The short answer
The executor, who is usually named in the will, is responsible for winding up the estate. Here are the costs involved in doing that.
The whole question
I am inheriting my father's house, as stated in his Last Will and Testament. What are all the costs that will be involved in this process?
The long answer
There are a lot of costs and administrative duties involved in winding up an estate, and the executor, who is usually named in the will, is responsible for handling these. Anyone can be an executor but the Master of the High Court will only appoint an executor who is able to carry out all the requirements. It is a position that carries a lot of responsibility.
The costs of winding up an estate are:
Advertising costs: Adverts need to be placed in two newspapers – a local one and the Government Gazette. This could cost up to R1500.
Conveyancing fees: (transferring the title deed of the house into your name.) This is done by lawyers called conveyancers and their fee depends on the value of the property on a sliding scale. For example, for an RDP house the fee could be around R7 000 – R8 000. For a property worth R1 000 000, the fee could be about R16 000. No transfer duty (tax) is paid on transferring a property to a beneficiary but the conveyancers must be paid for transferring or endorsing the title deeds into your name.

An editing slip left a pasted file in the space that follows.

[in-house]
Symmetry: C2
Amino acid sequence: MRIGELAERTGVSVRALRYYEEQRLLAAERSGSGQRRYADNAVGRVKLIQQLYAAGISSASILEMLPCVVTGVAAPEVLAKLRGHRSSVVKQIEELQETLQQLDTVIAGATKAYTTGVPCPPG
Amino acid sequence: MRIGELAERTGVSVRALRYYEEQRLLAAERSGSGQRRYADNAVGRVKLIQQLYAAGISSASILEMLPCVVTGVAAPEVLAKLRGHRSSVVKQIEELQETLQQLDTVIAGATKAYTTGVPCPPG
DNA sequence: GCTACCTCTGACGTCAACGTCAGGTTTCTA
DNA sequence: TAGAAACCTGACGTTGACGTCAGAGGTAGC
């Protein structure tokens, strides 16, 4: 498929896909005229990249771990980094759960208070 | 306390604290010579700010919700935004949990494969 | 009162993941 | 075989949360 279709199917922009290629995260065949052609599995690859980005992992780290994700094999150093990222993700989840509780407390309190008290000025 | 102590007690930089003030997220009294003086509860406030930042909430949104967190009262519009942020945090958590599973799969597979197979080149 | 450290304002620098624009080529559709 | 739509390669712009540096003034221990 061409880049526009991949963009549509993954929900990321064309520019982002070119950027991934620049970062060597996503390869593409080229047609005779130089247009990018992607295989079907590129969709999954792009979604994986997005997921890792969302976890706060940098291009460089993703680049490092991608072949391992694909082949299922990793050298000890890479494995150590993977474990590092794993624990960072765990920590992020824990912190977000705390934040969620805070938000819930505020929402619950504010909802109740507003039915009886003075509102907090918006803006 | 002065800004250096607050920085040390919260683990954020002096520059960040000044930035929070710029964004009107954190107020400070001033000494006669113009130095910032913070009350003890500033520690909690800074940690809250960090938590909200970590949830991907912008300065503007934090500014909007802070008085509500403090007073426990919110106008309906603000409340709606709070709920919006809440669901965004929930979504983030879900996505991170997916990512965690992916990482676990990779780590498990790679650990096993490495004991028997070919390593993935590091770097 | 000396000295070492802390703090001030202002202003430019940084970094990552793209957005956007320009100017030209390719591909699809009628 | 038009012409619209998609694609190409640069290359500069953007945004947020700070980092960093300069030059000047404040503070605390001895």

Rates and taxes: The municipality needs to issue a clearance certificate for rates and taxes which must be paid six months in advance.
Master’s fees: this is the fee paid to the Master’s Office of the High Court, which handles all deceased estates. There is a formula to calculate this but it should not be more than R600.
Executor’s fees: these are usually 3.5% of the gross value of the estate (3.99% if they include VAT). This gross value includes all assets, fixed and otherwise, that the executor is required to deal with, or that fall into the estate.
Taxes: All outstanding taxes must be paid.
Other debts: bond payments, credit cards, etc.
Answered on Oct. 21, 2020, 11 a.m.
Please note. We are not lawyers or financial advisors. We do our best to make the answers accurate, but we cannot accept any legal liability if there are errors.